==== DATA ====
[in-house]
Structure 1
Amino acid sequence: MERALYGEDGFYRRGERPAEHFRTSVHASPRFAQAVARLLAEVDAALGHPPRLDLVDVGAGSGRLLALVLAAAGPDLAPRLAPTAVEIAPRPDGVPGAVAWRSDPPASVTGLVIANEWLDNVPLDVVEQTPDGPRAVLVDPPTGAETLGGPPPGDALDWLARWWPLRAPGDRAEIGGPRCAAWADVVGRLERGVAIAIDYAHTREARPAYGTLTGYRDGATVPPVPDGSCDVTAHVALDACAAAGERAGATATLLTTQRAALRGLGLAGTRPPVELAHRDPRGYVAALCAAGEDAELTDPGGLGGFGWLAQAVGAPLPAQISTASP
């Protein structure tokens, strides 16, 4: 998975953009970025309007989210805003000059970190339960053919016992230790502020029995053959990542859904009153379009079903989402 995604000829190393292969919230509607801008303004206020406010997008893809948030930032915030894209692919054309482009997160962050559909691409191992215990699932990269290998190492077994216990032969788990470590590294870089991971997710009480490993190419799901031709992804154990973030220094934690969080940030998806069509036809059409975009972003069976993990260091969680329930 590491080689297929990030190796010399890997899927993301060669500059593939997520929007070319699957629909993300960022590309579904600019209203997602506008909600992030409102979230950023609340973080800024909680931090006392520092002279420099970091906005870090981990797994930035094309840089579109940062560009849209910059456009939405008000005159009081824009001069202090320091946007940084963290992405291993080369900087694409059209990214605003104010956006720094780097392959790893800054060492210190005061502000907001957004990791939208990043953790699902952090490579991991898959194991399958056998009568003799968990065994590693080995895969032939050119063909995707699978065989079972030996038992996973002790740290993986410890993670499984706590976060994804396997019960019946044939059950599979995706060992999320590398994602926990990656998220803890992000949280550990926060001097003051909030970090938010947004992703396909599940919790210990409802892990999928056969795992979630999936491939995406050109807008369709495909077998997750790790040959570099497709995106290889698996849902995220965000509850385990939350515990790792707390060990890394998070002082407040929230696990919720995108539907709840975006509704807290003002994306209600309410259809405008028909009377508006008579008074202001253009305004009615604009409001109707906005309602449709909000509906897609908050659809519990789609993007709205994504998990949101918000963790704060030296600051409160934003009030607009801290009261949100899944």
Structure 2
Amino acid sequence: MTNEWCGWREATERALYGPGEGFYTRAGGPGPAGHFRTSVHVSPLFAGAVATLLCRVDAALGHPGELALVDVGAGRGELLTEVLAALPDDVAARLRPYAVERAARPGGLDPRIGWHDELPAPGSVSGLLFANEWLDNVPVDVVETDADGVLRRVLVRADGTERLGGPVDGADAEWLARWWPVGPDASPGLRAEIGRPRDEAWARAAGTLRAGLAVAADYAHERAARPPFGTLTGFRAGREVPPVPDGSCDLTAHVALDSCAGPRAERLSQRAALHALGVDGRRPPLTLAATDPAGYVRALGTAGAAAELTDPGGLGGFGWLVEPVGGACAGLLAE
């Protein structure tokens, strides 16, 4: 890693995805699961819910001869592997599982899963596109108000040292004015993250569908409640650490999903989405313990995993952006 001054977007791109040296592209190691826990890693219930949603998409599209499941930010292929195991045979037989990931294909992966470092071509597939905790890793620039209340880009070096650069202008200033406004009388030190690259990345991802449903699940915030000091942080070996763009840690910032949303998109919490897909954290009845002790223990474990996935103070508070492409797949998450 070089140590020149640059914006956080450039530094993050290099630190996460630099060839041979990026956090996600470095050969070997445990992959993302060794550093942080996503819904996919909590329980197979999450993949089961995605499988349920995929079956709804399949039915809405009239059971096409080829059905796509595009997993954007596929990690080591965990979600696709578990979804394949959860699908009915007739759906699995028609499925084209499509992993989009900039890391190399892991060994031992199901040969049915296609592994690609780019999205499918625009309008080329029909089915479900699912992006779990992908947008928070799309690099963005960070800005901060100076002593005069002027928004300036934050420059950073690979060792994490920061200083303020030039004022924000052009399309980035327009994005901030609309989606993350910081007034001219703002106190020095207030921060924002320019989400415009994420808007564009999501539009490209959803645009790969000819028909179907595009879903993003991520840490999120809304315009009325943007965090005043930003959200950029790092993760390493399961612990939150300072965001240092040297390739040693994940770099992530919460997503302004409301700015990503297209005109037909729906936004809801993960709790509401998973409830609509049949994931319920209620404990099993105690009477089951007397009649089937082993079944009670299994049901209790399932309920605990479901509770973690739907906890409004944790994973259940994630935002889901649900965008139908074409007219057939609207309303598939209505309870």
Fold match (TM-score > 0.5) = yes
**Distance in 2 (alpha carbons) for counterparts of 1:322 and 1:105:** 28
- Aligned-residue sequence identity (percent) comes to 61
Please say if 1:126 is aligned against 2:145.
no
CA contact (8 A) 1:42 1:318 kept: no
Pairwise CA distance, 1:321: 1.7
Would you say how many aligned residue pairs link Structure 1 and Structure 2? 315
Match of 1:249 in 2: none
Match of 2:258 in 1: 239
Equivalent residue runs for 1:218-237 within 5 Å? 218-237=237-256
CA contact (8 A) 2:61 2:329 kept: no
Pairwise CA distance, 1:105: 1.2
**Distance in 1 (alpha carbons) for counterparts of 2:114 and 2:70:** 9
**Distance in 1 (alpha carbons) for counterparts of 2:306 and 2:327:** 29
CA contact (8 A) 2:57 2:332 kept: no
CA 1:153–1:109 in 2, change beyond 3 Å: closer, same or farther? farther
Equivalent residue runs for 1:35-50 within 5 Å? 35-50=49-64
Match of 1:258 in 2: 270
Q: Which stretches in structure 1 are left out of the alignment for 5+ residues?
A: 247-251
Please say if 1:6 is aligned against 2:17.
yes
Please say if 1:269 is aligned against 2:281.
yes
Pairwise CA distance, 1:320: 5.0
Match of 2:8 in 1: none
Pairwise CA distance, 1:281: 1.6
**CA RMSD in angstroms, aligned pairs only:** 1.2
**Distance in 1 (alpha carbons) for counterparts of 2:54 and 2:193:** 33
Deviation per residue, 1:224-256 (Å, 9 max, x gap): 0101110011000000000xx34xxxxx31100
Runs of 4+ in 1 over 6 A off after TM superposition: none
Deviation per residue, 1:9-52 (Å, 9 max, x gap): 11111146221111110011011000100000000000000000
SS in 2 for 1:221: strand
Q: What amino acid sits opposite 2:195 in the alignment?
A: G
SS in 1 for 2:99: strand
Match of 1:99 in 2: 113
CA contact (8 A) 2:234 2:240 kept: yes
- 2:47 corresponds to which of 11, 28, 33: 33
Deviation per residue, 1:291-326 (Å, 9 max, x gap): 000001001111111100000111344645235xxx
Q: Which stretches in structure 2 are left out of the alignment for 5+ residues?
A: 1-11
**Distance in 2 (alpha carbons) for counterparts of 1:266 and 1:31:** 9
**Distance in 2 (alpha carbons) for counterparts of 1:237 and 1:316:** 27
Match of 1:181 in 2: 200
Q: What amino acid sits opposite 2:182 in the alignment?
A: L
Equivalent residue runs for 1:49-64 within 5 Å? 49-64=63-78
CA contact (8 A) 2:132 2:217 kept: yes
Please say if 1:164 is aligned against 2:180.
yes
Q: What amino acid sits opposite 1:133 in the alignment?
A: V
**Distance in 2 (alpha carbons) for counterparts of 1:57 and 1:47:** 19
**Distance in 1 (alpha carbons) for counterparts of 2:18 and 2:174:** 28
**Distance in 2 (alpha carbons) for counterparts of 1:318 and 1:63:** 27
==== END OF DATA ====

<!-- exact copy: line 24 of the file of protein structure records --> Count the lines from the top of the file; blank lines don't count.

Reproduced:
CA 1:153–1:109 in 2, change beyond 3 Å: closer, same or farther? farther